What are winecups? Tough, drought-tolerant, perennials, winecup wildflowers are native to parts of the southwest and central United States. The plant has naturalized across much of the country, where they are found in pastures, open woods, and along roadsides. You may know this prairie wildflower as buffalo rose or purple poppy mallow. Read on for winecup plant info, including tips for the growing and care of winecup plants.
Winecup Plant Info
Winecups (Callirhoe involucrata) consist of thick mats of trailing, vine-like stems that grow from long tubers. As you may have guessed, winecup wildflowers are named for the masses of pink, maroon, or reddish-purple, cup-shaped blooms, each with a white spot at the center of the “cup.” The flowers, which open in the morning and close in the evening, are borne on the end of the stems. Winecup wildflowers are suitable for growing in USDA plant hardiness zones 4 through 8, although they tolerate the chilly winters of zone 3 if they are located in very well-drained soil. In the garden, winecups work well in wildflower meadows or rock gardens. They also thrive in hanging baskets or containers.
Care of Winecup Plants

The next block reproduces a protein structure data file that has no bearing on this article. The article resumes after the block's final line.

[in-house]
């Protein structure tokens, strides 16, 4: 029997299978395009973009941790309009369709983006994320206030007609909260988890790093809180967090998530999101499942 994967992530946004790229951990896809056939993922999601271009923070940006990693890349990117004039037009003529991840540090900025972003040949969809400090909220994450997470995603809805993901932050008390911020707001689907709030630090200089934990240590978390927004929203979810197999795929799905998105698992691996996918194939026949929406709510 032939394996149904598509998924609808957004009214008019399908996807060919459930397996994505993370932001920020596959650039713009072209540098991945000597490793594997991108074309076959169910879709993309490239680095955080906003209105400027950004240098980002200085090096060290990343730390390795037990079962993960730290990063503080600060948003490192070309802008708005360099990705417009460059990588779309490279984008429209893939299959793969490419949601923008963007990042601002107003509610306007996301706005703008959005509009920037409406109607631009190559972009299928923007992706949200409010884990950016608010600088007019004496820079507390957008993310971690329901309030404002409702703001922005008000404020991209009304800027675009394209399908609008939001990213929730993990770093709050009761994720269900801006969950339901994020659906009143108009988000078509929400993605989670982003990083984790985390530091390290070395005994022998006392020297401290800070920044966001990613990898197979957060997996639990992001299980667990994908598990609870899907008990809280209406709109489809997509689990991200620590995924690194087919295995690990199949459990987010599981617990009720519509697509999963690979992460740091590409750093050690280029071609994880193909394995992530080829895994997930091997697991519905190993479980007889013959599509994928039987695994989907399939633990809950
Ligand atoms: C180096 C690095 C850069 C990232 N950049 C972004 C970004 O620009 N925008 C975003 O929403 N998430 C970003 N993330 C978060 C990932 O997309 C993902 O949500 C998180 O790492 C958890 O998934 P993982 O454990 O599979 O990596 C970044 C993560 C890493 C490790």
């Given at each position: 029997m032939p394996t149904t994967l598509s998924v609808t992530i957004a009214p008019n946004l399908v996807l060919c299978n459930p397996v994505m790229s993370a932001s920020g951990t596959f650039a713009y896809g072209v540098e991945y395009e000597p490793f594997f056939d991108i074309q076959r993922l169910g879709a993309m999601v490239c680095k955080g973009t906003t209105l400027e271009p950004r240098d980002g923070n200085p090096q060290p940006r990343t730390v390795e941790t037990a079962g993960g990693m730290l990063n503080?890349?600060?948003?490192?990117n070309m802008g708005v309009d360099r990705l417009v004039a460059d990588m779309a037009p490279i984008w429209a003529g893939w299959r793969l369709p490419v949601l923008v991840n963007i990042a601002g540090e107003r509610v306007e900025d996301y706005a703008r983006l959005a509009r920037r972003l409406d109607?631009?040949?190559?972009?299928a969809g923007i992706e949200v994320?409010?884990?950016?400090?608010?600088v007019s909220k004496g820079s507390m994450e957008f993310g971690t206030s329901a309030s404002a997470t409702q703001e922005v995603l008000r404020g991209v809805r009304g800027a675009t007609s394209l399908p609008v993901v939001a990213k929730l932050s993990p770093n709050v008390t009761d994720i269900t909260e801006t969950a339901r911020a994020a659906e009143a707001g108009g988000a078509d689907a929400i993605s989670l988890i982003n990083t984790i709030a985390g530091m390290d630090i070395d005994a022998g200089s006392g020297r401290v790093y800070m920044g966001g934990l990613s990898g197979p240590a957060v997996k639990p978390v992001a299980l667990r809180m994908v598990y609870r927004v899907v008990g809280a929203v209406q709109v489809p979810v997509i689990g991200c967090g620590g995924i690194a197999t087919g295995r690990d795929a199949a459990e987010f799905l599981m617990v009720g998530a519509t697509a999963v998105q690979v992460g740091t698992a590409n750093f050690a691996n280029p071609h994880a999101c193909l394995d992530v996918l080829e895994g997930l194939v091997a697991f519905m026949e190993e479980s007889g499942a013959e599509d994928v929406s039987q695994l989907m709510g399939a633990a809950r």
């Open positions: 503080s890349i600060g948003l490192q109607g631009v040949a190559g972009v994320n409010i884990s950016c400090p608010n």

Winecups in the garden require full sunlight and well-drained, gritty, or sandy soil, although they tolerate poor, clay-based soil. They are easy to grow by planting the carrot-like tubers so the crown of the tuber is even with the surface of the soil. You can also grow winecups by seed in late summer or early fall. Rub the seeds lightly between fine sandpaper to remove the tough outer skin, then plant them about 1/8-inch (0.25 cm.) deep. Winecups are built for survival in punishing conditions. The plants are drought-tolerant and once established, require very little water. Regular removal of wilted blooms will stimulate the plants to produce blooms from late winter to mid-summer. Winecup wildflowers are rarely bothered by pests, although rabbits may nibble on the leaves.
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A Credentialed Garden Writer, Mary H. Dyer was with Gardening Know How in the very beginning, publishing articles as early as 2007.
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